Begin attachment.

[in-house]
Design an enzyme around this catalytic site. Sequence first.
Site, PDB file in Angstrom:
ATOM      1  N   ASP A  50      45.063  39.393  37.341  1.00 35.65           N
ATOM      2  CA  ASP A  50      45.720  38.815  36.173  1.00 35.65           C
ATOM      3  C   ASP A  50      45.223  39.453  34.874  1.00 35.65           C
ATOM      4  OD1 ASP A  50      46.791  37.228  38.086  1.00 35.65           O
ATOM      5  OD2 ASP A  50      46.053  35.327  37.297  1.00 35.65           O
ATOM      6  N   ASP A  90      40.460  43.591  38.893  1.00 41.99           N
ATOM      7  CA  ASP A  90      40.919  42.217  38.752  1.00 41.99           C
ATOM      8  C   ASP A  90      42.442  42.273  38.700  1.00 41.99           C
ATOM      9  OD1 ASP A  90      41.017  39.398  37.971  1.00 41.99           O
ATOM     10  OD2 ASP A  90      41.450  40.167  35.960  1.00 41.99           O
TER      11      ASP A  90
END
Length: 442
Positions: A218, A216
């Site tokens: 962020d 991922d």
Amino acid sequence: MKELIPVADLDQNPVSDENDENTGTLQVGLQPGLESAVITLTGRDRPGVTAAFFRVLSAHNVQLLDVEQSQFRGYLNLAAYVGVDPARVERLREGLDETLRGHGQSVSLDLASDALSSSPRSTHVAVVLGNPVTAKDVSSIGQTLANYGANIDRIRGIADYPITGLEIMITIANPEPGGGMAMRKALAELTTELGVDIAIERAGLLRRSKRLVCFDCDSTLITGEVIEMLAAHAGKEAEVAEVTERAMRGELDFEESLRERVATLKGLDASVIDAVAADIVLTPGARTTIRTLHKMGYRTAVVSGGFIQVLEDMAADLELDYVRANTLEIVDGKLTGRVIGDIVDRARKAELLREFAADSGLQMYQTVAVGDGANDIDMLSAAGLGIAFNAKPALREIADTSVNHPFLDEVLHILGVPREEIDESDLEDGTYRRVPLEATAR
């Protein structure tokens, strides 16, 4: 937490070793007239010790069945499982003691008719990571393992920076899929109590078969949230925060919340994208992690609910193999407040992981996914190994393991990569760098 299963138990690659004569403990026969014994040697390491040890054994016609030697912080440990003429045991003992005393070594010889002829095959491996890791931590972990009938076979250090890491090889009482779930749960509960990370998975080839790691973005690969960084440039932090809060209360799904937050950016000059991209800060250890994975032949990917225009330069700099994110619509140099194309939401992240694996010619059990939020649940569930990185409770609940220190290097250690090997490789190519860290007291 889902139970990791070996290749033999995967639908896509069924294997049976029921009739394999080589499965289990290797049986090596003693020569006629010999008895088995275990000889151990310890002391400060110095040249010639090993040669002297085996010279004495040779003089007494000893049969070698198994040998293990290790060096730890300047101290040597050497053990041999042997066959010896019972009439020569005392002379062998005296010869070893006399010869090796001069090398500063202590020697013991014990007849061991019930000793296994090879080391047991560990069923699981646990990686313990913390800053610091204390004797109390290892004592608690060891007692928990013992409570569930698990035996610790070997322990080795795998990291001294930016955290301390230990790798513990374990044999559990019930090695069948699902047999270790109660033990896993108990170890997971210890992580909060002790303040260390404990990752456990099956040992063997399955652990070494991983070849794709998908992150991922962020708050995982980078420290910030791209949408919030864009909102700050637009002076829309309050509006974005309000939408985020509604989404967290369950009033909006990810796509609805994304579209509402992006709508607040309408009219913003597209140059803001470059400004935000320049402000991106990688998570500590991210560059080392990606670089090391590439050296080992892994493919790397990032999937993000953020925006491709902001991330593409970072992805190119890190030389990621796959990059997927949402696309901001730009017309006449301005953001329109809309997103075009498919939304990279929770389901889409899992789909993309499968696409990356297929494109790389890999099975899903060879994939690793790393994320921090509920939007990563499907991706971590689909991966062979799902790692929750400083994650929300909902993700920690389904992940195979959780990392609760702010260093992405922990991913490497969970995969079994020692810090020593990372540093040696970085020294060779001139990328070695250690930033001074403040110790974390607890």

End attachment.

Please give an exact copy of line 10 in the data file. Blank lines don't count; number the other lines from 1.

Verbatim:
ATOM      7  CA  ASP A  90      40.919  42.217  38.752  1.00 41.99           C